Sometimes the system works -- even if in fits and starts and with long delays and disputes.

Although advocacy groups and the Social Security Administration are still squabbling over important details, SSA is about to put in place new eligibility rules for children with mental impairments or other disabilities seeking benefits under the federal Supplemental Security Income (SSI) welfare program.

As a result, billions of dollars in cash welfare payments and Medicaid benefits will go to tens of thousands of severely disabled low-income youngsters ineligible under previous rules.

Groups such as the District's Mental Health Law Project and Philadelphia's Community Legal Services have been pushing the government for seven years on the rules. The Philadelphia group won a Supreme Court victory on the general disability rules for children last February.

The children who will benefit suffer from major physical defects, including paralysis, and mental impairments such as autism, developmental delays and Down's syndrome.

Under the old rules, such children, although severely disabled, were judged ineligible because their specific mental or physical impairments did not appear on lists, called "listings," drafted by SSA as a guide to eligibility.

Under the SSI program, low-income, severely disabled people, including children, can receive up to $407 a month per person next year from the federal government, with state supplements available. People receiving SSI benefits automatically get Medicaid benefits as well in most states.

Currently, 330,000 children receive SSI benefits, half for mental impairments. Officials estimate that under the two major sets of rules changes, hundreds of thousands of denials dating to the early 1980s will be reconsidered, and up to 120,000 children will receive retroactive benefits.

In addition, under the new rules, officials estimate that in the future, about 12,000 more applicants each year will be approved than would have been under the old rules.

Over the next five years, the changes, including retroactive benefits, will cost the government $6 billion to $7 billion.

One set of rules changes, pushed by the Mental Health Law Project, a privately funded advocacy group, and numerous other organizations, involved a campaign started in 1984 to get SSA to modernize its children's mental impairment "listings," said group director Leonard Rubenstein.

Last week, Social Security Commissioner Gwendolyn S. King published new listings in the Federal Register, saying they "will assure that our decision-making process keeps pace with advances in medical knowledge."

Specifically and comprehensively listed for the first time, Rubenstein said, are drug and alcohol abuse disorders, autism, hyperactivity, developmental delays among children under age 1, and a variety of other conditions not adequately addressed before. New scientific knowledge was incorporated into the rules, he said, and the concept of criteria appropriate to a child's age was used much more widely.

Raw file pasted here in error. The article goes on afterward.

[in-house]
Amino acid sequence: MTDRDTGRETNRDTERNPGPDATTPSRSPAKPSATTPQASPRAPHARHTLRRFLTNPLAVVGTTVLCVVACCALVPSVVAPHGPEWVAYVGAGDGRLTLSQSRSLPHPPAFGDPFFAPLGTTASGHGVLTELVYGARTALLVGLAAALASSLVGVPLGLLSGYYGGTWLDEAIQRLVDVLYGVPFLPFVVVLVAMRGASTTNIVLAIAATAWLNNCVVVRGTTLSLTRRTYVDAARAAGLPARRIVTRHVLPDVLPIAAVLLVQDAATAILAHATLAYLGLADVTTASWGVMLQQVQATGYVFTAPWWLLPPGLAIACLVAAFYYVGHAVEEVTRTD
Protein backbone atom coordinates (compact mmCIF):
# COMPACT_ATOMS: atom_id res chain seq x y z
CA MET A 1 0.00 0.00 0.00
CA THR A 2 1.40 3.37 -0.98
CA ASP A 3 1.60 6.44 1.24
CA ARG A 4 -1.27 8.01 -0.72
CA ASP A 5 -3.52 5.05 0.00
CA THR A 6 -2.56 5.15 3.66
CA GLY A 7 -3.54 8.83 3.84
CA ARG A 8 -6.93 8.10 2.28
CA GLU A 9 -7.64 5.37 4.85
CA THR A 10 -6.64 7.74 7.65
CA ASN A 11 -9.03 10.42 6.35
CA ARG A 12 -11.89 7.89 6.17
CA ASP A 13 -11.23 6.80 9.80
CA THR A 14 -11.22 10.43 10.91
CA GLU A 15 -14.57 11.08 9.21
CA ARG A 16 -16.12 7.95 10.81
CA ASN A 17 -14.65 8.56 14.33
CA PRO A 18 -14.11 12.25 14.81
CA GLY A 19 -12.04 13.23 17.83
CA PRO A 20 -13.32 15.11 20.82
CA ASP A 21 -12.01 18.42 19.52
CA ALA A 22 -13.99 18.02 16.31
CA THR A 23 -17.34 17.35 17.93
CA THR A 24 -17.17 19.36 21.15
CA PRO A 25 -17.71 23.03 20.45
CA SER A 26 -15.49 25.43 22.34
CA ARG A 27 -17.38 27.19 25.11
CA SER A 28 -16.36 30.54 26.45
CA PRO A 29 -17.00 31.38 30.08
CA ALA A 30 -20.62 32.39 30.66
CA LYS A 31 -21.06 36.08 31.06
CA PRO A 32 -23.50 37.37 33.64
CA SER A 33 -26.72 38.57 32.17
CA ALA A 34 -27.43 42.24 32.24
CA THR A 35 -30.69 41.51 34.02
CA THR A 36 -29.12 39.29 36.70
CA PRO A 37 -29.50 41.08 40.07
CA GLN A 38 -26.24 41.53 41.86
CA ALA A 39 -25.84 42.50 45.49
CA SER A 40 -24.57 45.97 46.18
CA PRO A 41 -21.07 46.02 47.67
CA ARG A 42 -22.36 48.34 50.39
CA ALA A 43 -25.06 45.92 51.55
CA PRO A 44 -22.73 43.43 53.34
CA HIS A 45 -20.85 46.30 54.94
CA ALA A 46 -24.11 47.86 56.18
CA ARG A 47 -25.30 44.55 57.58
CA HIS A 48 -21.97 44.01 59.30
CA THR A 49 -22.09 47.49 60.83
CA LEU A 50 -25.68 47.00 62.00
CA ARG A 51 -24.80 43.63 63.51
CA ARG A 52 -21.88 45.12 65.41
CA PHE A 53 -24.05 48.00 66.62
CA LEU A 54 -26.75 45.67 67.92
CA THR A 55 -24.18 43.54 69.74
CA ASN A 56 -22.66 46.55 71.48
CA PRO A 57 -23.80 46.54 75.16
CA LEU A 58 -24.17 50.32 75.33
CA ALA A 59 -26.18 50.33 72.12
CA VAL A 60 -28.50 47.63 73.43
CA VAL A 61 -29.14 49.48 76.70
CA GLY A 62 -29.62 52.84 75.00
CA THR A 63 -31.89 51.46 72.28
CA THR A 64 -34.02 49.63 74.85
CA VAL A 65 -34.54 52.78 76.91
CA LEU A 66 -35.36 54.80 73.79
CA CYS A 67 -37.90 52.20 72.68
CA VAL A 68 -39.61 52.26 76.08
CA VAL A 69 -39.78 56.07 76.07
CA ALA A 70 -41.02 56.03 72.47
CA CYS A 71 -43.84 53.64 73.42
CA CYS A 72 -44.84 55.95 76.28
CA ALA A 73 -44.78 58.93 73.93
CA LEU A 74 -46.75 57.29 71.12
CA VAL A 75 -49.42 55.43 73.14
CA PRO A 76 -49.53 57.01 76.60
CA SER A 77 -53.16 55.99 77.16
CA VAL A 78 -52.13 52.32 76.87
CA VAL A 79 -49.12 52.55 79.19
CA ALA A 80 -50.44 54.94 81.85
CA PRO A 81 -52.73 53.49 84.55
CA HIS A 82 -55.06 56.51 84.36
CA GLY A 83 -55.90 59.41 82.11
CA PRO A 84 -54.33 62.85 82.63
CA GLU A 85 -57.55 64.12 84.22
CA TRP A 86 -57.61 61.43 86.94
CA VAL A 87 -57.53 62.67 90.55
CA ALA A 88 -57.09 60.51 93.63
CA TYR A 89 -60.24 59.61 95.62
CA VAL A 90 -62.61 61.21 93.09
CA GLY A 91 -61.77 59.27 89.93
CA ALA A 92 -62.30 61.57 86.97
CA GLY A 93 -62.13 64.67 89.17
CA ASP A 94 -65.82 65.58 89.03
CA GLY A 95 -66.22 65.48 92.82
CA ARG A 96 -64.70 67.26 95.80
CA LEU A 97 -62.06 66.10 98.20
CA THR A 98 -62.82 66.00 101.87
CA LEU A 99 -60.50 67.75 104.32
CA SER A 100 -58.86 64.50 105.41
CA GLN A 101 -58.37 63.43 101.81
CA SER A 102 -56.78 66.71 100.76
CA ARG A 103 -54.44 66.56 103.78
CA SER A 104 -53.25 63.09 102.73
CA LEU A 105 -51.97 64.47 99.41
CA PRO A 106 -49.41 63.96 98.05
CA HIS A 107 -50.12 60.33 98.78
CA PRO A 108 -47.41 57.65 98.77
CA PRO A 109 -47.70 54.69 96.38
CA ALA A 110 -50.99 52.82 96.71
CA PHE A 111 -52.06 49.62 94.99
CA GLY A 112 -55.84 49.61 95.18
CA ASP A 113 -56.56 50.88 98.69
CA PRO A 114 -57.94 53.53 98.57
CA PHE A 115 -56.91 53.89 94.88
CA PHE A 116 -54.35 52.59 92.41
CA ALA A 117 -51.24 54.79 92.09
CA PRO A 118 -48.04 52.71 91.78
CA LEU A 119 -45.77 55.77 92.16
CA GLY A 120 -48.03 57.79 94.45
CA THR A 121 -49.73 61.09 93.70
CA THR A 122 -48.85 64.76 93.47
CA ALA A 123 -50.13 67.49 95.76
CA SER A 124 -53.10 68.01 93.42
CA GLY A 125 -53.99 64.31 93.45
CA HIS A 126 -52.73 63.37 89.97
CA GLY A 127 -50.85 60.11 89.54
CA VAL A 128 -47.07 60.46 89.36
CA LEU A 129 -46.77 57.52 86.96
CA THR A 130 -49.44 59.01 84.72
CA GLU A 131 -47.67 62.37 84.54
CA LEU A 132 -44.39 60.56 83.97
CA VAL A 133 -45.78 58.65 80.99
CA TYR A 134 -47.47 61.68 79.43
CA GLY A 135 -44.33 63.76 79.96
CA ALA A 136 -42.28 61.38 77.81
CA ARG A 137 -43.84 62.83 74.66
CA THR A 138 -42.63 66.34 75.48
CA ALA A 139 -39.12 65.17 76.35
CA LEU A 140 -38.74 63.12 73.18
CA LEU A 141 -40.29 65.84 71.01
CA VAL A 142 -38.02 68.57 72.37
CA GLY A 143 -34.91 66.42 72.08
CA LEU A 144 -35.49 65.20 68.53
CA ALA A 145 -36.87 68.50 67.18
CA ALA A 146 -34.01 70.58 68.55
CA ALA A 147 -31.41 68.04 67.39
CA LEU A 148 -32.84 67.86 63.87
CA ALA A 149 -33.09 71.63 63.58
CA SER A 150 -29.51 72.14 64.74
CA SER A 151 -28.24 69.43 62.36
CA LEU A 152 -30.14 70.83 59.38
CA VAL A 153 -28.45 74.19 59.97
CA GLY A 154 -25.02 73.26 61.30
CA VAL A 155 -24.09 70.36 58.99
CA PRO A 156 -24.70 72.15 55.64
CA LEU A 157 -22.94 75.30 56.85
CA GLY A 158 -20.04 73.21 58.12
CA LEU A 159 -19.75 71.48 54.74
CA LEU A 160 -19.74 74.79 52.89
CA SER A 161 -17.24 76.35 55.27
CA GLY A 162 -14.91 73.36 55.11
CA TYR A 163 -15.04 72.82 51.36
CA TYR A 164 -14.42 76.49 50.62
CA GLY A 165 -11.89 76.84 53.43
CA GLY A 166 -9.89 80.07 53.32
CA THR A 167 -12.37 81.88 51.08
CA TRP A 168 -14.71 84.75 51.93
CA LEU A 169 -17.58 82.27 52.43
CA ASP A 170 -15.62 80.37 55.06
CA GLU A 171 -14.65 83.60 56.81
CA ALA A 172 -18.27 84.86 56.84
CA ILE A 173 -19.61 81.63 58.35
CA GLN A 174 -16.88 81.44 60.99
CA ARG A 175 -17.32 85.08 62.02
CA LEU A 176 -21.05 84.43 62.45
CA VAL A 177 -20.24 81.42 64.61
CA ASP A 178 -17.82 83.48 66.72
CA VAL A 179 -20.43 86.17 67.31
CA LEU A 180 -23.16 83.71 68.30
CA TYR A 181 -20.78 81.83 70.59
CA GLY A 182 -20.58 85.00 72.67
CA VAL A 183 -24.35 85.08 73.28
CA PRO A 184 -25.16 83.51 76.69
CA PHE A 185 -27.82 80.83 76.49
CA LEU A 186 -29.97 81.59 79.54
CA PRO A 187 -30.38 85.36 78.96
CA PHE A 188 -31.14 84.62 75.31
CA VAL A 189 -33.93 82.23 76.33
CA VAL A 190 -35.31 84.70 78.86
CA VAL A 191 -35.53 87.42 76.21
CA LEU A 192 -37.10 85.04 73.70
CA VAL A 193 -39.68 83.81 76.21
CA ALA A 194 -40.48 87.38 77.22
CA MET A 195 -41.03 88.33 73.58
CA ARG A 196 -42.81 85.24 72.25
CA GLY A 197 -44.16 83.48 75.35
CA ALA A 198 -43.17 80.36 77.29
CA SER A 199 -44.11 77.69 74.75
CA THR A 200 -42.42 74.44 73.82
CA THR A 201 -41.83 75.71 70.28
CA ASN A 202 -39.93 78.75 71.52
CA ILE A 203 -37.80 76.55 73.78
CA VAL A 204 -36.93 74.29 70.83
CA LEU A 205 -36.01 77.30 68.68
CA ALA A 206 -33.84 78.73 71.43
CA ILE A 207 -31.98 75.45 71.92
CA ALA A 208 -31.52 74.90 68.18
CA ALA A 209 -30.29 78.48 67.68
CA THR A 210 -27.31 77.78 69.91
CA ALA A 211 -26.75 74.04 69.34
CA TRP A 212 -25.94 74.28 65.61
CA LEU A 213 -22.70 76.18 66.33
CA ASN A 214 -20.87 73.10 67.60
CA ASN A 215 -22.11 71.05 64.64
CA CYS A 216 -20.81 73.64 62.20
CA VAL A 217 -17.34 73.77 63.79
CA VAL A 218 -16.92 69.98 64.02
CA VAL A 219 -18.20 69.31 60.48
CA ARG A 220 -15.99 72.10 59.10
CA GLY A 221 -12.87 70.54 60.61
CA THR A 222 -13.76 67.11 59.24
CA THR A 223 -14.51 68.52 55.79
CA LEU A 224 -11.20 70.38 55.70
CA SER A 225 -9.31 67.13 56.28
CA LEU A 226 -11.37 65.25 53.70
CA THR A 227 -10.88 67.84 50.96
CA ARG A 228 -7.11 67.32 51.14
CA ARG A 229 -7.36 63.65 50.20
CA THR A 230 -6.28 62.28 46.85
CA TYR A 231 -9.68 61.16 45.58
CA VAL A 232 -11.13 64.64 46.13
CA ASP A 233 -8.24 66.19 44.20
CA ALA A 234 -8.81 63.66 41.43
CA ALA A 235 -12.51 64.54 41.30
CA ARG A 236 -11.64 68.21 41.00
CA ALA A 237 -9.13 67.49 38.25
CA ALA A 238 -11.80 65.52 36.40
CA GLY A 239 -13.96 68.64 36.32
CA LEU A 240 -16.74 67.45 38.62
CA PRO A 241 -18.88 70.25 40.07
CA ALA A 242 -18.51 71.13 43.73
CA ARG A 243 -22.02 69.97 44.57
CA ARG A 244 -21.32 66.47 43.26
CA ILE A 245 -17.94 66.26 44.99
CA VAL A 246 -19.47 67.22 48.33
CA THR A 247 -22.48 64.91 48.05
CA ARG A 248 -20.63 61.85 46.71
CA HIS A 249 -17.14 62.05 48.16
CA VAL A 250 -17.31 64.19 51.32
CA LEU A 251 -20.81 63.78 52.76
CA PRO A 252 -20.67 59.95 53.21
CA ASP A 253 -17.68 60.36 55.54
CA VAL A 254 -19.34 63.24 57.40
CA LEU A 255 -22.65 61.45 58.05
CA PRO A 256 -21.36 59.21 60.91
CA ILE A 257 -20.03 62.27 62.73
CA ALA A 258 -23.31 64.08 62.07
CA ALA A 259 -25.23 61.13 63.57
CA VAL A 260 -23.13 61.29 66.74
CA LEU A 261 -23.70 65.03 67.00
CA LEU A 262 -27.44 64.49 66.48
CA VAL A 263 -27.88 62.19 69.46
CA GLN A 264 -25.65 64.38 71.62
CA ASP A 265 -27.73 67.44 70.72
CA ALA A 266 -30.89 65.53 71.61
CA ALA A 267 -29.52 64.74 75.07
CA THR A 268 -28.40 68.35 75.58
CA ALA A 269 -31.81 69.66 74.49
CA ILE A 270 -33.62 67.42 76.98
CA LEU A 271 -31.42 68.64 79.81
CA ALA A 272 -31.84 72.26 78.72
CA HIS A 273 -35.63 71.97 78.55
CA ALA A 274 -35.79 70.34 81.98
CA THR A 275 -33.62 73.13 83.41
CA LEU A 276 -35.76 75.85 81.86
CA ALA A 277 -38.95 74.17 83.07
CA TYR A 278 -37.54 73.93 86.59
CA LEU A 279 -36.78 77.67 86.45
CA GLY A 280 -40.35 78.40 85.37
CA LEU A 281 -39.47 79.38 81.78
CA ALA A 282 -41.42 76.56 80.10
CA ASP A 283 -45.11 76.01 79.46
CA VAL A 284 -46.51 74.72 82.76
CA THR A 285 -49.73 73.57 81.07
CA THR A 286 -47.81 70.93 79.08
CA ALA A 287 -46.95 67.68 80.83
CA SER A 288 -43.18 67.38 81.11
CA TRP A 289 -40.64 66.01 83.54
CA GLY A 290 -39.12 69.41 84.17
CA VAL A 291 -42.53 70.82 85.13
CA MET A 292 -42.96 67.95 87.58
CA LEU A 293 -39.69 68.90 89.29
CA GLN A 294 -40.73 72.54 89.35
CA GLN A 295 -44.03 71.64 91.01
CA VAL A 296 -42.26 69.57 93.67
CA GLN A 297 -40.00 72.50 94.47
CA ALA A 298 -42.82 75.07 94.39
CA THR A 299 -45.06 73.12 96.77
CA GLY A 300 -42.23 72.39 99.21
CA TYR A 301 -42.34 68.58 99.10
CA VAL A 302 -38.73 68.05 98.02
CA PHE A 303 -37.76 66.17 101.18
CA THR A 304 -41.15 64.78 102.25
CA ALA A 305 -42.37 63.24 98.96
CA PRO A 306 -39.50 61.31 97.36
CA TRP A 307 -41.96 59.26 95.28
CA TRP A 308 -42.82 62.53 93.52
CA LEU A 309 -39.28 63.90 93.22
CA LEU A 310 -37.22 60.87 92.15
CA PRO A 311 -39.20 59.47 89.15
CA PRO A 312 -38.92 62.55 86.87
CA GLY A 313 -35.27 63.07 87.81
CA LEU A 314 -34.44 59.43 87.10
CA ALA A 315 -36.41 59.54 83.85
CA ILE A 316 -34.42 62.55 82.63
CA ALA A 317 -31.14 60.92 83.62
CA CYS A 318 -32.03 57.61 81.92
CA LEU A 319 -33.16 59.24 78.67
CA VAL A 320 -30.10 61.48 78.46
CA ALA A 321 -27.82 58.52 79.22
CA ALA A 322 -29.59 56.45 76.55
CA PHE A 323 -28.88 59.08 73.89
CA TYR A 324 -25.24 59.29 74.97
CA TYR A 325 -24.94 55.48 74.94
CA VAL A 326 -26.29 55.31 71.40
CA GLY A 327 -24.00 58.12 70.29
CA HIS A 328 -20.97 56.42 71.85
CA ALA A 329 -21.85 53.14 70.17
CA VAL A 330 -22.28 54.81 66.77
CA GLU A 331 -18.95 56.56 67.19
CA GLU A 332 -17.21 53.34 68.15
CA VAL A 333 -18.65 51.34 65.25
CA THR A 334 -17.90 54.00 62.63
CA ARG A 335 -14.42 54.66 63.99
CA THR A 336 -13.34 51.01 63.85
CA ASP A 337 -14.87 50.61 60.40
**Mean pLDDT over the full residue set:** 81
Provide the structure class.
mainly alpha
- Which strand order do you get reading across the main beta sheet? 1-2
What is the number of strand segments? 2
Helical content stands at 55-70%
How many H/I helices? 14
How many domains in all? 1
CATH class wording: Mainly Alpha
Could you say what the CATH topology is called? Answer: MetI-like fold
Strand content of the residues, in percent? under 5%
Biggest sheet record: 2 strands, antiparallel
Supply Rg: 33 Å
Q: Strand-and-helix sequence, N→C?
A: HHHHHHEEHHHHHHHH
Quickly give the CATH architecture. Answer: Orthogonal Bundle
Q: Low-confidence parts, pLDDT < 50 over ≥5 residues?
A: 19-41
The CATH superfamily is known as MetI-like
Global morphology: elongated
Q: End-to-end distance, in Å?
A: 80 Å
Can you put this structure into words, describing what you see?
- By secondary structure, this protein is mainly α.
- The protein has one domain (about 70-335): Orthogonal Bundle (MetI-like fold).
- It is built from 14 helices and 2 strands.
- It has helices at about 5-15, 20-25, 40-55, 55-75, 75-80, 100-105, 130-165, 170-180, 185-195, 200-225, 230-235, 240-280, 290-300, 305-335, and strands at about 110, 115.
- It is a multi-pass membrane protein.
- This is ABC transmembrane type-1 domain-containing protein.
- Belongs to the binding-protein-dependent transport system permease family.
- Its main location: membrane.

The second set of rules, resulting from the Supreme Court's 7 to 2 ruling in Zebley v. Sullivan, involves all disabled children. The ruling resulted from a case brought in 1983 by Jonathan Stein, Richard Weishaupt and Thomas Sutton of Community Legal Services of Philadelphia.

The court ruled that if a child did not meet any specific mental or physical disability listing, the SSA should not simply rule out benefits, as it had been doing. The court said SSA should give the child an individualized functional assessment to determine whether the child's ability to function normally for its age was severely impaired. In some cases, a child has several disabilities, and while they do not specifically meet individual listings, the combination severely limits normal functioning.

The Zebley ruling is being implemented under interim rules for new applicants, but regulations defining how it will be carried out in reviewing previous denials are not in effect, though drafted. Social Security officials expect to publish them in January or February.

Two major disputes remain to be settled. Rubenstein and his allies want Social Security to automatically review every case denied mental impairment since at least 1987 or perhaps even earlier, a promise that he -- but not Social Security officials -- says was made in a Sept. 10, 1987, letter from then-Social Security Commissioner Dorcas R. Hardy. The letter said "these decisions will be redetermined under the revised criteria."

Rubenstein fears Social Security instead will merely write a letter to every family turned down asking whether it would like a review, to which many would never respond because they have moved or do not know how to handle such a review.

The dispute over the court decision requiring individualized assessments in all SSI children's disability cases also involves retroactivity. Stein, Sutton and Weishaupt have not reached agreement with the government on details of how to handle retroactive cases.

Some of these final disagreements could take months to settle, but the largest barriers have been cleared, making it inevitable that tens of thousands of the nation's most severely disabled and needy children will eventually get benefits.